That year, 1978, my 8-man infantry section entered a ‘march and shoot’ competition against full-time regular army units, including the Royal Marines and Paratroop Regiment. We marched 13 miles in under 3 hours, tackled 3 challenging obstacles en route, whilst each carrying a 60lb pack, a rifle with 20 rounds of live ammunition. On top of that we carried a radio and machine gun. Terry, one of our lads, was a painter and decorator who worked at weekends so couldn’t train. The day of the competition was baking hot and within a few miles Terry was flagging. Everyone in the team took turns to carry his pack and rifle – even his jacket – and we literally dragged him to the end of the course.
By this time Terry was hobbling in agony but he struggled through to the final challenge. This was the vital, scoring part of the competition; a 600 yards sprint across open ground firing at pop-up targets. As soon as we finished, Terry sank to the ground and we watched in horror as he pulled off his boots, revealing his raw, bloodied feet.
At least we had finished. Our happiness was short-lived however. Soon came the announcement that, after all our effort, we had come last; we’d scored the least hits. Bewildered, I did a quick calculation and realised our score was impossibly low – two of us alone had scored the 15 they claimed was our total team score. I challenged the scoring. Result? The invigilators, assuming a rag-tag team of civilians couldn’t possibly have beaten elite servicemen, had automatically allocated us the lowest score. In fact we had won the competition! I still have the medal. The sense of triumph it gives me has little to do with being a good shot myself but rather the exhilaration of being with a group of men whose dogged teamwork, individual tenacity, and refusal to be cowed by ‘the system’ had pulled off a remarkable win against incredible odds.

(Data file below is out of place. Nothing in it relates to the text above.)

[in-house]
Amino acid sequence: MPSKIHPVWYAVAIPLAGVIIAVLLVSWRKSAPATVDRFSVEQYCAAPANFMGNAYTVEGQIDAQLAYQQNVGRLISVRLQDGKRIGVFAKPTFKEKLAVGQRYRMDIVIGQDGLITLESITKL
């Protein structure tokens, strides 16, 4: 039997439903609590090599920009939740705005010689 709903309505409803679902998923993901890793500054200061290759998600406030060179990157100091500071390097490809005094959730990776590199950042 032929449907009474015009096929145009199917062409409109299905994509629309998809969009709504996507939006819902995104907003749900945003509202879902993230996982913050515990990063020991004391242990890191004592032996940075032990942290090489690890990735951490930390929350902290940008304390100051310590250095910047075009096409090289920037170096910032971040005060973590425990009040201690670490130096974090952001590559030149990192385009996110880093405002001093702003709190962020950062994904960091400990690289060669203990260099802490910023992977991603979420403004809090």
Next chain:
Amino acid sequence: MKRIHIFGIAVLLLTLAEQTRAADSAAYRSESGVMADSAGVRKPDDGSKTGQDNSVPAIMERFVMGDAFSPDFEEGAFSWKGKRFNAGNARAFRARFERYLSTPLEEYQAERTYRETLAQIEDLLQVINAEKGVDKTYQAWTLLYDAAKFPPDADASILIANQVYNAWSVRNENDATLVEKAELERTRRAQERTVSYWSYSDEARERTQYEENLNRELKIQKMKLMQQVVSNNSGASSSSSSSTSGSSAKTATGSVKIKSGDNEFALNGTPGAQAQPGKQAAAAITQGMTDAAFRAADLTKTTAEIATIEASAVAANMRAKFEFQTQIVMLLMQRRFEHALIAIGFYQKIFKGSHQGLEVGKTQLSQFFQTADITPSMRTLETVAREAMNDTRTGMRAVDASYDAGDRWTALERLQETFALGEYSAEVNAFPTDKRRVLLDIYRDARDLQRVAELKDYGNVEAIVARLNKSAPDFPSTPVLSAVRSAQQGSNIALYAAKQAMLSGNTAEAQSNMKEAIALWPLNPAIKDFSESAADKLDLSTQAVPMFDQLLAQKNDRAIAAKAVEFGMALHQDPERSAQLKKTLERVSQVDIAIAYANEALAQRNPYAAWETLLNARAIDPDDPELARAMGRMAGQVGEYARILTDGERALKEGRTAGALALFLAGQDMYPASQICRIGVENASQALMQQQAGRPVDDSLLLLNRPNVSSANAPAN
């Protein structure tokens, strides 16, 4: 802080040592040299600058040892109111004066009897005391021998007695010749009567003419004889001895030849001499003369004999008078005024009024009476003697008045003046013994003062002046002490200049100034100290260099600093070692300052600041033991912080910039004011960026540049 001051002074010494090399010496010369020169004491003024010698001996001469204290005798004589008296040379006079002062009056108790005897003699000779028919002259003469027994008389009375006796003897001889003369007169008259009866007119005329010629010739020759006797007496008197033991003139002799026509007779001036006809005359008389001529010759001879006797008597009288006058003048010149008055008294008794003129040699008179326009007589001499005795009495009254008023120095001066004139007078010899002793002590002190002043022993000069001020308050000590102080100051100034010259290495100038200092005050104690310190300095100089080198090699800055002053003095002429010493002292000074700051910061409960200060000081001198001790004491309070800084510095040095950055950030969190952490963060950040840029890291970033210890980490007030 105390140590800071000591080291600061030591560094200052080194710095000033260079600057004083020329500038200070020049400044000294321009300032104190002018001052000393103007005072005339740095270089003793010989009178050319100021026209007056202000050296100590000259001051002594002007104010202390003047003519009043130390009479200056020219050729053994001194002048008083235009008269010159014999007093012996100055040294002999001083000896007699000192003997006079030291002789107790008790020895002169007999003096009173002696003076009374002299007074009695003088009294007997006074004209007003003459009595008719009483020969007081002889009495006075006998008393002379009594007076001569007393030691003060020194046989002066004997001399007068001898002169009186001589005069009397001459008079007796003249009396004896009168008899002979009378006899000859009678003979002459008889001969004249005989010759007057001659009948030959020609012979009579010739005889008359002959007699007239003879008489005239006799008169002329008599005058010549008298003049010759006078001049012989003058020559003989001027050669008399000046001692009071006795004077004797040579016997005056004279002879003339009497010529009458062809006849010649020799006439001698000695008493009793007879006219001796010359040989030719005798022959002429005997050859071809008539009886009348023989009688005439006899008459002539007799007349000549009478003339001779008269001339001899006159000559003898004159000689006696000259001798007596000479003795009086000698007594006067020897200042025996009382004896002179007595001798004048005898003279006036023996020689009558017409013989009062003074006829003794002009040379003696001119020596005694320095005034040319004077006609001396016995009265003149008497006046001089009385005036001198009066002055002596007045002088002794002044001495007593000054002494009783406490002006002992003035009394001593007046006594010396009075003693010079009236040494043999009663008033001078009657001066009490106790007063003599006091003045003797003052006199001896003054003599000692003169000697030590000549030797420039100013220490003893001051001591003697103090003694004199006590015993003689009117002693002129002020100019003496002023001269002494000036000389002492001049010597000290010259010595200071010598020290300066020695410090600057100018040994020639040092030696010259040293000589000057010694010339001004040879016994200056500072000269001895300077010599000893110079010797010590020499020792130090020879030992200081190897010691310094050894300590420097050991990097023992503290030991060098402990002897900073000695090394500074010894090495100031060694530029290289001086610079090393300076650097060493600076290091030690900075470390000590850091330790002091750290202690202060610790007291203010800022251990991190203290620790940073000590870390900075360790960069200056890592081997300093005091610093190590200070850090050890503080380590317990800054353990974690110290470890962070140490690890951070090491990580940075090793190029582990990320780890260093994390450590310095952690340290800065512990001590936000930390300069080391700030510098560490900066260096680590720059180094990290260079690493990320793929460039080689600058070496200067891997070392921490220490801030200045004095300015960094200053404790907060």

All of my work as a social entrepreneur has been informed by a passion to overcome what I call institutional discrimination: To create opportunities for and give a voice to people who are left behind or underestimated by society.
But having a lonely passion is not enough – to do anything at scale you need allies. In May 2002, I met a remarkable man called Peter Watherston who was heading up a homelessness charity, First Fruit. At that very first meeting we agreed to take advantage of a once in a lifetime opportunity. Together we would take on a contract with HSBC to remove and recycle ALL 59,000 items of furniture being discarded by HSBC in their enormous move to Canary Wharf (the largest office relocation in European history).
My very young social enterprise, Green-Works, had an annual turnover at the time of £23,000, and I had enough cash to employ a young man, Chris Triggs, for 3 months. Peter, a trained accountant and CoE vicar was employing a small number of homeless people doing deliveries. Neither of us had any experience in running a warehouse or managing a project on this scale. Nevertheless, we shook hands there and then and committed to work with each other. On the strength of that hand shake he took on a huge warehouse in the East End of London, and I negotiated a comprehensive contract with HSBC. Over the next 12 years we worked together creating literally hundreds of jobs and recycling 47,000 tonnes of furniture.
A shared vision centred on a genuine desire to support others is such a solid foundation for partnership. The world of social enterprise brings together extraordinarily committed people who think creatively to work through whatever obstacles are thrown in the way.
Based on my experience of running Green-Works for 12 years, I wrote a book called ‘How to make a million jobs.’ During my research I confirmed the worst fears about our society that my experience had shown me. I revealed some frightening statistics about how many people in the UK are functionally illiterate, how many communities are left behind, and how the headline unemployment numbers mask the real, underlying enormity of structural worklessness.
I set up Tree Shepherd to prove my theory. Even the most statistically deprived community is bristling with untapped talent. With the right blend of business guidance and a supportive network many people can generate income for themselves and create employment for others. More than 75% of the start-ups we have supported are run by women or people from ethnic minorities – people who are too often patronised or discriminated against by landlords, banks and local authorities.
Tree Shepherd combines my belief in people and my passion for creating partnerships to tackle discrimination and adds a dose of advocacy. This has proved to be a potent recipe for developing communities of businesses who individually and together play to their strengths, speak up, and take their place as meaningful contributors to their local economy.
This MBE is testament to everyone I’ve worked with who share this vision for a fairer society